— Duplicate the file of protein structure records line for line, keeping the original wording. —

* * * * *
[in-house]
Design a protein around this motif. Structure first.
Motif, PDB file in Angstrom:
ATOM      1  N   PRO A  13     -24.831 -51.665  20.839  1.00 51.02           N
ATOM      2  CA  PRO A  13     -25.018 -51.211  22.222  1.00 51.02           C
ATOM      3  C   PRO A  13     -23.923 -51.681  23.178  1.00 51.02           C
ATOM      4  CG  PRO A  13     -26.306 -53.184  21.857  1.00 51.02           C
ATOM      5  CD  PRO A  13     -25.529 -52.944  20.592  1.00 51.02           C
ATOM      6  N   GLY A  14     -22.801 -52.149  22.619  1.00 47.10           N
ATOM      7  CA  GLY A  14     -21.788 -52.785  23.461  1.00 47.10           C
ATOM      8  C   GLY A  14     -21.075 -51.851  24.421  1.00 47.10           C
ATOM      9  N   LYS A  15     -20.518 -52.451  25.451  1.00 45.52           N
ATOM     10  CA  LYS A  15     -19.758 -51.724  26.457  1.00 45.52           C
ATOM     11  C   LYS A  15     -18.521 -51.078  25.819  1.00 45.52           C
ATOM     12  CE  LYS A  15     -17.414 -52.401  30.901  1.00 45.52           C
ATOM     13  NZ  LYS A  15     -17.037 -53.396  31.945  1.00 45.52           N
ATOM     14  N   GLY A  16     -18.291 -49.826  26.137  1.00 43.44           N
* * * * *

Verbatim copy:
[in-house]
Design a protein around this motif. Structure first.
Motif, PDB file in Angstrom:
ATOM      1  N   PRO A  13     -24.831 -51.665  20.839  1.00 51.02           N
ATOM      2  CA  PRO A  13     -25.018 -51.211  22.222  1.00 51.02           C
ATOM      3  C   PRO A  13     -23.923 -51.681  23.178  1.00 51.02           C
ATOM      4  CG  PRO A  13     -26.306 -53.184  21.857  1.00 51.02           C
ATOM      5  CD  PRO A  13     -25.529 -52.944  20.592  1.00 51.02           C
ATOM      6  N   GLY A  14     -22.801 -52.149  22.619  1.00 47.10           N
ATOM      7  CA  GLY A  14     -21.788 -52.785  23.461  1.00 47.10           C
ATOM      8  C   GLY A  14     -21.075 -51.851  24.421  1.00 47.10           C
ATOM      9  N   LYS A  15     -20.518 -52.451  25.451  1.00 45.52           N
ATOM     10  CA  LYS A  15     -19.758 -51.724  26.457  1.00 45.52           C
ATOM     11  C   LYS A  15     -18.521 -51.078  25.819  1.00 45.52           C
ATOM     12  CE  LYS A  15     -17.414 -52.401  30.901  1.00 45.52           C
ATOM     13  NZ  LYS A  15     -17.037 -53.396  31.945  1.00 45.52           N
ATOM     14  N   GLY A  16     -18.291 -49.826  26.137  1.00 43.44           N